The Upcat was yet another milestone and one that we prepared for by making him answer all the reviewers we could get our hands on, by forcing him to go through review classes, as well as weekly tutoring sessions in Math, which is not a favorite subject in the Dumlao household.
Perhaps we did put a lot of pressure on him. But then again, is it really too much to ask that the only color in our home be maroon?
We’ve done all that we can to give Miggy the tools that he needs to pass the ultracompetitive exam that, according to statistics, only one in seven will pass. We’ve kept our end of the deal, now it’s up to him to do his part.
It was that sobering thought that finally allowed us to have a few hours of deep, dreamless sleep before we had to go back to UP to pick him up.
On our return to Diliman shortly before 11 a.m., a party atmosphere awaited us. The drive around the academic oval showed many tents selling all kinds of food because, apparently, entire families brought the examinees to UP and decided to wait out the five-hour exam. There was plenty of things for support teams to do and an abundance of parking spots for their cars.
Some took the opportunity to jog around the academic oval. Others made a picnic out of it, lugging along foldable chairs and tables and a whole bowl of homemade spaghetti to feast on. Still others caught some shuteye in their cars.
As for us, we ate a proper tapsilog meal at Rodic’s, and remembered how it used to cost just P18 when we were students in the late 1980s. Now, it’s a hefty P70 per meal. That’s inflation for you!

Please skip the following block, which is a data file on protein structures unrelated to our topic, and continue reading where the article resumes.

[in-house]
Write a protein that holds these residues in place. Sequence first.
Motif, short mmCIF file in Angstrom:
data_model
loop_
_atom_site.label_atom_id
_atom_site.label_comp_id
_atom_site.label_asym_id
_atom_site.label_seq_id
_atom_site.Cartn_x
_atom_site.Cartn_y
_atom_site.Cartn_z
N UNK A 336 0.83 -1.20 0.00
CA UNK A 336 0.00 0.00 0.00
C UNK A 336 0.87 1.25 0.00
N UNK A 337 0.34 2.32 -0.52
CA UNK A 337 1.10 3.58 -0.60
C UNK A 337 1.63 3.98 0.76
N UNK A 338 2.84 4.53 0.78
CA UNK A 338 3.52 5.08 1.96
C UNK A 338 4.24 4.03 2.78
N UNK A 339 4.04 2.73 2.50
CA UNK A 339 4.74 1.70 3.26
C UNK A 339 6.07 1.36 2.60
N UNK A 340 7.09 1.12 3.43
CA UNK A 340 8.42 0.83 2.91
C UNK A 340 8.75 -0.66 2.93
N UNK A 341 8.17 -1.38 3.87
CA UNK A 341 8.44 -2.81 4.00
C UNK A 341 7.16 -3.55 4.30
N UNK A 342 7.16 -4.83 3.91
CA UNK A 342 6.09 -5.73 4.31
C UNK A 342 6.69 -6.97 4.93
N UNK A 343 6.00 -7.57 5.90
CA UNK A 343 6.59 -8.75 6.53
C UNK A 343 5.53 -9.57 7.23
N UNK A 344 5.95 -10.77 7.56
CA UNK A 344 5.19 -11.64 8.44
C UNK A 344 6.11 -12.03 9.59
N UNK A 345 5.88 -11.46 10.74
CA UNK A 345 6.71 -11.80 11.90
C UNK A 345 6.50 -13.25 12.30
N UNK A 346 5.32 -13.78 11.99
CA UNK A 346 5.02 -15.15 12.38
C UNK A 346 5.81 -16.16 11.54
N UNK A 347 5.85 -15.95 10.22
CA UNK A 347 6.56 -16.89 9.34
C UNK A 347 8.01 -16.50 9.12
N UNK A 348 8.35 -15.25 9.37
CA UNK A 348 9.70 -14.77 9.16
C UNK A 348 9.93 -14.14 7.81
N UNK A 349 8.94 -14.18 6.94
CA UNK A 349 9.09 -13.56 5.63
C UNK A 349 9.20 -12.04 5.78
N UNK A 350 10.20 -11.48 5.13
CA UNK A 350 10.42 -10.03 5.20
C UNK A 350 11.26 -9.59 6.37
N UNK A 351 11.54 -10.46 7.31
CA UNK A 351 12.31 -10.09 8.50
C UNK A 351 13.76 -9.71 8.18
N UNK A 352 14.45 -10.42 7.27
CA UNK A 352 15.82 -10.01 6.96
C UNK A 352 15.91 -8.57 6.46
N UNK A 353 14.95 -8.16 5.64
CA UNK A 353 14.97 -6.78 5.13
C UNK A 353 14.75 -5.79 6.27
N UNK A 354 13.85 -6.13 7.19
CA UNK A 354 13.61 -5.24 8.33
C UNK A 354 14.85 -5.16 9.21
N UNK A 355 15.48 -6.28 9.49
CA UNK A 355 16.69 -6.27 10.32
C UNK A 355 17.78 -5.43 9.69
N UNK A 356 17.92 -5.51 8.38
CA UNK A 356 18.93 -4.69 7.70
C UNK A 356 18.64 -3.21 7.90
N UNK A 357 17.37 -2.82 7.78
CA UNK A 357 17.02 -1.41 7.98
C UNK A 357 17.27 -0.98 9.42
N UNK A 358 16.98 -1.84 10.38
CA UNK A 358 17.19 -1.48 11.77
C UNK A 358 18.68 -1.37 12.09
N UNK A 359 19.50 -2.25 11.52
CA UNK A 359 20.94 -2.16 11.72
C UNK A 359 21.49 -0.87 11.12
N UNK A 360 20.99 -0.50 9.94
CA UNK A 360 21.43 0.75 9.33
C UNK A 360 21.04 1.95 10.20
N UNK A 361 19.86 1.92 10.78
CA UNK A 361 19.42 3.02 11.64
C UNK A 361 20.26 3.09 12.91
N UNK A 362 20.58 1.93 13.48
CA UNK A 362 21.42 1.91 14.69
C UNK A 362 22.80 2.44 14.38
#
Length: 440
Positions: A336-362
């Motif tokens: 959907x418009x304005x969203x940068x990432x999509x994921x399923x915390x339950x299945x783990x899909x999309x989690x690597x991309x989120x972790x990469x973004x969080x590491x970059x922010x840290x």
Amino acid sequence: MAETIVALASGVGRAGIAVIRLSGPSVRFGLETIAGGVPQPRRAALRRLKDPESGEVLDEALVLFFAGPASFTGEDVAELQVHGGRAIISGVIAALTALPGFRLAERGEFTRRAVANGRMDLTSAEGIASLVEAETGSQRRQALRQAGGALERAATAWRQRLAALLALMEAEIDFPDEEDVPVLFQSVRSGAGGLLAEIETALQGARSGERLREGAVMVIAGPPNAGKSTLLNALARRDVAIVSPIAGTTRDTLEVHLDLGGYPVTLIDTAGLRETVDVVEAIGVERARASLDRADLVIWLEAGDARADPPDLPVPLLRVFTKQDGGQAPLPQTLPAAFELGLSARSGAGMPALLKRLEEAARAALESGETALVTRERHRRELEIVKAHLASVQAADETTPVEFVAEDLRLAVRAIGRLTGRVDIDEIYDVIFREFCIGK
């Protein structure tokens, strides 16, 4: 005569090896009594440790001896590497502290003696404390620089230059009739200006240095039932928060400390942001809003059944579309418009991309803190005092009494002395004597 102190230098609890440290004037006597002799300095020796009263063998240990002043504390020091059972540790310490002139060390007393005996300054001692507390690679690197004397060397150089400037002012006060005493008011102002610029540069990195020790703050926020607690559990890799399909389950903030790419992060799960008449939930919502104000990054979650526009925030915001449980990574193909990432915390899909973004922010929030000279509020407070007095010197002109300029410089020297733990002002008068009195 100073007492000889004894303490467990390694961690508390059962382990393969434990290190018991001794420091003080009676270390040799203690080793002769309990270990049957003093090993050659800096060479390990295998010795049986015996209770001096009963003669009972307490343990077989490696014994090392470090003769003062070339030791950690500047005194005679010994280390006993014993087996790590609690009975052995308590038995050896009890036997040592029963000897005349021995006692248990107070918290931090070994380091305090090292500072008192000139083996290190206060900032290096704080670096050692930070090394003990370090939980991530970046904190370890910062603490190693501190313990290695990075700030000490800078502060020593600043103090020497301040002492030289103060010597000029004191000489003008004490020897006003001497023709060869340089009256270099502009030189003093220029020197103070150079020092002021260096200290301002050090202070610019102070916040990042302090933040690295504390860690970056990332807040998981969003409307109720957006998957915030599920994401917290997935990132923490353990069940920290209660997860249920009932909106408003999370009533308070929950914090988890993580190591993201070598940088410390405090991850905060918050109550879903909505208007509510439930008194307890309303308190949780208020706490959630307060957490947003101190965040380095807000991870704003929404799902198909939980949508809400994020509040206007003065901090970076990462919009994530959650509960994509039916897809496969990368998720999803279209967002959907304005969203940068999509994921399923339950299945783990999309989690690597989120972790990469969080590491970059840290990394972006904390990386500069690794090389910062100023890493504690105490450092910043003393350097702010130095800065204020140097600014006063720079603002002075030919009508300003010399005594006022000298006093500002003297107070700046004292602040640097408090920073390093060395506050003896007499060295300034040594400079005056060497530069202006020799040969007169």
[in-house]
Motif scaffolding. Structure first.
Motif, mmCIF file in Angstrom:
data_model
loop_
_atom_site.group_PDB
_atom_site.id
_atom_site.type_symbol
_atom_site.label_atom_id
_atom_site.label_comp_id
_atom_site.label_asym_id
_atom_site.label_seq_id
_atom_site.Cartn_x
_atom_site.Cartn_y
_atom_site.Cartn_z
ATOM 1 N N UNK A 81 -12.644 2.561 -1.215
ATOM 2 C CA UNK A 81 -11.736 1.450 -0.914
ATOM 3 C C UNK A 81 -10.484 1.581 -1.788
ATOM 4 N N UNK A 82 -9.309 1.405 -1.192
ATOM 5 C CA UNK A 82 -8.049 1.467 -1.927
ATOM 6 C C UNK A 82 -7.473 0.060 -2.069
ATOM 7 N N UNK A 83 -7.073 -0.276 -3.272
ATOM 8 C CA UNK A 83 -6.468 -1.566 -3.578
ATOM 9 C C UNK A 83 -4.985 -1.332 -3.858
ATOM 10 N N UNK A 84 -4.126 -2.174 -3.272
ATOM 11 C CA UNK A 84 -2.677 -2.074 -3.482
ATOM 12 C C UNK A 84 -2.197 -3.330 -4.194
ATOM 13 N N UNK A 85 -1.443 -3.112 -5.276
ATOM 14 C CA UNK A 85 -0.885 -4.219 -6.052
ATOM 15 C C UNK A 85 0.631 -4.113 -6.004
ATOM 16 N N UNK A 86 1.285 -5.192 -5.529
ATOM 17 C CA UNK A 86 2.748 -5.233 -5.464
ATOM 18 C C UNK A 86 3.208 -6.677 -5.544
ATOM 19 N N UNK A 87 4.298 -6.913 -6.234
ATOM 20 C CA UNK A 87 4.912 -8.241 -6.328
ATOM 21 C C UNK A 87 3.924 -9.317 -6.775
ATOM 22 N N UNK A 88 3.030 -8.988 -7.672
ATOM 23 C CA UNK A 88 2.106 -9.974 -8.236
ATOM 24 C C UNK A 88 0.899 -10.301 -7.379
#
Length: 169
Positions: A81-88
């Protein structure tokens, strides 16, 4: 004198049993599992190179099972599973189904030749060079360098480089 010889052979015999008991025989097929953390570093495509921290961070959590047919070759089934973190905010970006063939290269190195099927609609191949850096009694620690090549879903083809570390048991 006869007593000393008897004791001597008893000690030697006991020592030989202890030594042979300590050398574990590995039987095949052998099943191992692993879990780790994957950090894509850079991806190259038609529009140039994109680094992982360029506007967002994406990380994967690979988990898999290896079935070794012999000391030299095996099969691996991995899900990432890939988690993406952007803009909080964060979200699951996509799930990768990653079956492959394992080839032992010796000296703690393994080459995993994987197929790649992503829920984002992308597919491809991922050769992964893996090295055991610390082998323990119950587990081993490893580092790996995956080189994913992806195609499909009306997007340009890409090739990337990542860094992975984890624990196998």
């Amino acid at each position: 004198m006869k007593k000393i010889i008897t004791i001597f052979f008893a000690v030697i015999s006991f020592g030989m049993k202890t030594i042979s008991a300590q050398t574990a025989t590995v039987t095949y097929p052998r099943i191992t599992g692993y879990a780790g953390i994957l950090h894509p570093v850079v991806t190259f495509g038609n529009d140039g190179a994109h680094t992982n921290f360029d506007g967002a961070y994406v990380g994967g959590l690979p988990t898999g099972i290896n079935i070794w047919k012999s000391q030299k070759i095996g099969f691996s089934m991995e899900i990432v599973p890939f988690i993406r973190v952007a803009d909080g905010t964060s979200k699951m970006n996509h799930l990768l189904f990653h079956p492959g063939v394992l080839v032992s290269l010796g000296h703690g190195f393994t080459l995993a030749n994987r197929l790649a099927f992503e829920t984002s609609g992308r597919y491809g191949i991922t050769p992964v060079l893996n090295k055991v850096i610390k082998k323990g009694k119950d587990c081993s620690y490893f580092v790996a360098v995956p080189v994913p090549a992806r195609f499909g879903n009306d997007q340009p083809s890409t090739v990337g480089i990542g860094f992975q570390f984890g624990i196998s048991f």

By around noon, it was like a silent alarm went off as parents started heading toward the exits of the testing areas to anxiously wait for their son or daughter to emerge. Miggy came out at about half past noon with a tired but relieved look on his face.
It was not as hard as he expected, he said, but it was difficult enough. He did his best, and that was all that we could really expect of him. Hopefully, it will be enough.
Now the agonizing wait for the results begins.
(Are you an Upcat mom or dad? Do you have any Upcat anecdotes, comments or complaints to share with us? E-mail us at [email protected]ph. –Ed.)
Top 10 texts parents received after the Upcat
(FROM the Facebook page of Diliman Republic, a retailer of UP-themed products)
10. Ma, tapos na ako. Anong school na nga ba yung sinasabi mong may BS Vulcanizing?
9. Inay, wala naman po daw na exam dito sa Annex Bldg. Tama po ba – SM North Annex?
8. Dad, finished with the Upcat na. Good news!! Will go to Ateneo just like you.
7. Ma, classroom ba ’to o bodega?
6. Mom, finish na ako, and I mean “I’M FINISHED.”
5. Inay, hindi ko natapos ang exam. Nakabagal yung pinabaon nyong butong pakwan.
4. Dad, tapos na ako. OK lang … wala naman palang aircon mga classrooms dito! Hmp!
3. Ate, mukhang masasayang ang pag memorize natin ng “UP Naming Mahal.”
2. Pa, tapos na ako. Gusto ko na umuwi, kaso paikot-ikot lang ’tong jeep na nasakyan ko.
And the No. 1 text received after the Upcat :
1.Ma, tapos na. Ang dali lang!! Kita na tayo sa Store #35 sa Diliman Republic. Bili mo na ako ng hoodie!!